While mutations to Ebony and Tan were anticipated to alter the histamine content, our main finding is that the greatest effects these mutations are on the carcinine content and not on histamine content. Previous studies utilized whole heads for histamine and carcinine determination, while we analyzed more specific tissue types.10,12 For example, the whole head histamine content reported in Oregon R (another wild type strain of Drosophila) was 1980 ± 150 pg.12 As the contribution of the eyes is larger than brains (270 ± 80 pg in the eyes of Canton S vs 44 ± 15 pg in the brain), previous whole head reports likely reflect eye and cuticle values more than they do brain values. The whole head contents of histamine in tan3 and ebony1 were 200 pg/head and 900 pg/head respectively.15 Previous studies could not detect carcinine directly, but used feedings of [3H]histamine to produce [3H]carcinine, which could be measured. However, carcinine was only detected in tan3 flies, which is consistent with our findings of elevated carcinine in tan3 tissue types. Our method allows for direct comparison of histamine and carcinine and reveals that changes in metabolism affect carcinine more than histamine in the eyes, where visual processing is expected to take place.
The HA:CA ratios illustrate that there are differences in the relative amounts of these neurotransmitters that are dependent on genotype; ebony1 flies have a greater amount of histamine relative to carcinine than tan3 flies in both their brains and eyes. While there are phenotypical changes associated with deficits in either of N-β-alanyl dopamine synthetase (ebony, which results in substantially darker cuticle than wild type) or β-alanyl-dopamine hydrolase (tan, which results in lighter cuticle than wild type), these changes do not appear to significantly change the neurotransmitter content of cuticle. The largest effects of Tan and Ebony on neurotransmitter content are in the brain and the eye, which agrees with immunohistochemical staining showing histamine reactivity in the eye and the optic lobes.5 As such, future work on histamine and carcinine in Drosophila should focus on the analysis of eyes and brains from other mutants.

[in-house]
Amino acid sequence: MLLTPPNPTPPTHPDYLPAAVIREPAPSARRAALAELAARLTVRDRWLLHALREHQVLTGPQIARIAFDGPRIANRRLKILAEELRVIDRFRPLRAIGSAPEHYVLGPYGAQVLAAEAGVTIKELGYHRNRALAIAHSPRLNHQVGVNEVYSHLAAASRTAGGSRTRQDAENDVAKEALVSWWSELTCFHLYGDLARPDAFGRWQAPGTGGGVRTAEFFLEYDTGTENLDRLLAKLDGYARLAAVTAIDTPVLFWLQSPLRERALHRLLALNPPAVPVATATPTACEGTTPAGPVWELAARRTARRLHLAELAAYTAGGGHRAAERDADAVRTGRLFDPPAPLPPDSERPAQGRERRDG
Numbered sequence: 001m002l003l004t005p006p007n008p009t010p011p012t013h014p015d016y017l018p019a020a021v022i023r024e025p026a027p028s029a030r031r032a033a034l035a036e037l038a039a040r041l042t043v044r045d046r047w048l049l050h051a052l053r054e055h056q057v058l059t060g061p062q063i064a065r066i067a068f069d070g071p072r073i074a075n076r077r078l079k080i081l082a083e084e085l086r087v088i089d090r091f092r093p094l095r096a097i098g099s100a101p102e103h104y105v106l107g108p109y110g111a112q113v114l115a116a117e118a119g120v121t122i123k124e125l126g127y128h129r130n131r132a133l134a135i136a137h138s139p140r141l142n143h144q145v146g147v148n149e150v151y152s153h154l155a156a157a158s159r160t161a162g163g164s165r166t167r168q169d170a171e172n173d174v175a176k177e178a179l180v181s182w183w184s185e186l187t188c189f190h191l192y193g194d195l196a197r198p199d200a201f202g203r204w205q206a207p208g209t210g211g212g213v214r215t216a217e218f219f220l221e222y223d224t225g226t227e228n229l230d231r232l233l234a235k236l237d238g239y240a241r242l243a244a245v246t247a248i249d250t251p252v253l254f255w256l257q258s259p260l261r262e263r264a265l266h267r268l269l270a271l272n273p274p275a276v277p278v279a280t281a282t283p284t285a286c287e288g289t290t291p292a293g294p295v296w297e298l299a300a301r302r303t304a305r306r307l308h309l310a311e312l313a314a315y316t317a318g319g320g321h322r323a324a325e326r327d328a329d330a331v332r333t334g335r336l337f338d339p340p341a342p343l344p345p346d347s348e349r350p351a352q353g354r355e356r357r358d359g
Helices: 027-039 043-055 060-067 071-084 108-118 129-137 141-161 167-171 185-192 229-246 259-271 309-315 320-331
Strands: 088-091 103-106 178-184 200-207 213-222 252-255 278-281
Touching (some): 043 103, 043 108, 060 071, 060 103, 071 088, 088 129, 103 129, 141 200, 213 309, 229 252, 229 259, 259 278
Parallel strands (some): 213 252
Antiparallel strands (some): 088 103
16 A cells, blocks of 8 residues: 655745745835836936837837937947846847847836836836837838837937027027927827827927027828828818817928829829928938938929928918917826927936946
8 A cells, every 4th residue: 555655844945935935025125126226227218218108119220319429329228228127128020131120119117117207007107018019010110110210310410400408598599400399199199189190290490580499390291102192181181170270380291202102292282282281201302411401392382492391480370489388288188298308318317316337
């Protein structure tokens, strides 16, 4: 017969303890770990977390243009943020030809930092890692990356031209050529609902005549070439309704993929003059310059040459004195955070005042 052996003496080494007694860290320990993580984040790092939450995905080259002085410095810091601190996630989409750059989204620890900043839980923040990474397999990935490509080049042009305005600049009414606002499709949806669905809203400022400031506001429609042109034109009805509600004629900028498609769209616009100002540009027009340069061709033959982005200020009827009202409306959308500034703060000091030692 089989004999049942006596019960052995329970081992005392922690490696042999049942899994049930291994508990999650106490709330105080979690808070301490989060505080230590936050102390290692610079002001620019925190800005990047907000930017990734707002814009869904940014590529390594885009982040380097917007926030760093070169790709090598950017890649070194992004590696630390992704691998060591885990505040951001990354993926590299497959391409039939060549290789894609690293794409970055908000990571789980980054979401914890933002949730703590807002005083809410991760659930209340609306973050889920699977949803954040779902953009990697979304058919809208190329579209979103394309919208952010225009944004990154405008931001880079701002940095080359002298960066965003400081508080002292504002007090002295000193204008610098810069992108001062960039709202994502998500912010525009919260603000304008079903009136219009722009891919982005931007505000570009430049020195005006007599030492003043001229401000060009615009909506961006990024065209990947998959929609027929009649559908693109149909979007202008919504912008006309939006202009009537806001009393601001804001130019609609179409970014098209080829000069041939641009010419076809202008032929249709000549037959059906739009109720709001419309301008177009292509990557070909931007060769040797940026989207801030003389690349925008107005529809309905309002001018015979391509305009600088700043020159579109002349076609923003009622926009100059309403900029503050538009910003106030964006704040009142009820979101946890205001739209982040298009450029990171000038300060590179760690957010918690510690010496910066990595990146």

N-β-alanyl dopamine (BADA) is a metabolite of dopamine and is synthesized by N-β-alanyl dopamine synthetase (Ebony). This metabolite is typically found in the cuticle and eyes of insects, where it is involved in the pigmentation and sclerotization of these tissues.19,24,25 The primary role of N-β-alanyl dopamine in Drosophila appears to be in cuticle sclerotization, however there is evidence that Ebony is expressed in the head and brain of Drosohila.8 To the best of our knowledge, there is no evidence of N-β-alanyl dopamine in mammals, and N-β-alanyl dopamine is primarily of importance in insects.
N-β-alanyl dopamine was not detected in most tissue types or strains of Drosophila tested, however it was detected consistently in tan3 cuticle and eye samples (Figure 5). N-β-alanyl dopamine appears later in the separation than dopamine (Figure 5A, B), around 700 seconds (or ~11.5 min) and has a similar cyclic voltammogram to dopamine (Figure 1A), due to similar electrochemistry. N-β-alanyl dopamine is well separated from dopamine and other interferents in eye samples (Figure 5).